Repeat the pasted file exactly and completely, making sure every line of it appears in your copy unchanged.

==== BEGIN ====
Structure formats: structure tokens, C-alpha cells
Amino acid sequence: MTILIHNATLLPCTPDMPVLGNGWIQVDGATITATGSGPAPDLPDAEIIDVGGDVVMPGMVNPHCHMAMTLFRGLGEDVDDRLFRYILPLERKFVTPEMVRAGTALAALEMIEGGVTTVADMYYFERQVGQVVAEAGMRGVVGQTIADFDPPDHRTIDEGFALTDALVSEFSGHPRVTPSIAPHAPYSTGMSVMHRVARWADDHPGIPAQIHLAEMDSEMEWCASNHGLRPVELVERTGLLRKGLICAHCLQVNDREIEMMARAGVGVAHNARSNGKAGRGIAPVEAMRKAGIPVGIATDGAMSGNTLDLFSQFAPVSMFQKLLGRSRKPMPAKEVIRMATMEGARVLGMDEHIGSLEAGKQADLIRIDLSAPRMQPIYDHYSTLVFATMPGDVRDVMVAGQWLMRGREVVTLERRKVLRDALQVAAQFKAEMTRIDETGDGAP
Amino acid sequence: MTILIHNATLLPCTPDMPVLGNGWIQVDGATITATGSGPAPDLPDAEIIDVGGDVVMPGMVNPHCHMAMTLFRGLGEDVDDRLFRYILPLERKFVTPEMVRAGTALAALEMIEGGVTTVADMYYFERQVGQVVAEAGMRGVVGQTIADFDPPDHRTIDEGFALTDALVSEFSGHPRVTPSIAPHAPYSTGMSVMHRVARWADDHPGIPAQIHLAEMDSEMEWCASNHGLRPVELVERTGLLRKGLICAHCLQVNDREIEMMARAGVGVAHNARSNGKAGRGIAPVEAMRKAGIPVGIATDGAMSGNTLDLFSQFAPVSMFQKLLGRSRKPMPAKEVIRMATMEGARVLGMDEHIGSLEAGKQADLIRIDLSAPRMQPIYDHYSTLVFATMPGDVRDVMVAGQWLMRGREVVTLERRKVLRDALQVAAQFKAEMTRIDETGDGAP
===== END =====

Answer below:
Structure formats: structure tokens, C-alpha cells
Amino acid sequence: MTILIHNATLLPCTPDMPVLGNGWIQVDGATITATGSGPAPDLPDAEIIDVGGDVVMPGMVNPHCHMAMTLFRGLGEDVDDRLFRYILPLERKFVTPEMVRAGTALAALEMIEGGVTTVADMYYFERQVGQVVAEAGMRGVVGQTIADFDPPDHRTIDEGFALTDALVSEFSGHPRVTPSIAPHAPYSTGMSVMHRVARWADDHPGIPAQIHLAEMDSEMEWCASNHGLRPVELVERTGLLRKGLICAHCLQVNDREIEMMARAGVGVAHNARSNGKAGRGIAPVEAMRKAGIPVGIATDGAMSGNTLDLFSQFAPVSMFQKLLGRSRKPMPAKEVIRMATMEGARVLGMDEHIGSLEAGKQADLIRIDLSAPRMQPIYDHYSTLVFATMPGDVRDVMVAGQWLMRGREVVTLERRKVLRDALQVAAQFKAEMTRIDETGDGAP
Amino acid sequence: MTILIHNATLLPCTPDMPVLGNGWIQVDGATITATGSGPAPDLPDAEIIDVGGDVVMPGMVNPHCHMAMTLFRGLGEDVDDRLFRYILPLERKFVTPEMVRAGTALAALEMIEGGVTTVADMYYFERQVGQVVAEAGMRGVVGQTIADFDPPDHRTIDEGFALTDALVSEFSGHPRVTPSIAPHAPYSTGMSVMHRVARWADDHPGIPAQIHLAEMDSEMEWCASNHGLRPVELVERTGLLRKGLICAHCLQVNDREIEMMARAGVGVAHNARSNGKAGRGIAPVEAMRKAGIPVGIATDGAMSGNTLDLFSQFAPVSMFQKLLGRSRKPMPAKEVIRMATMEGARVLGMDEHIGSLEAGKQADLIRIDLSAPRMQPIYDHYSTLVFATMPGDVRDVMVAGQWLMRGREVVTLERRKVLRDALQVAAQFKAEMTRIDETGDGAP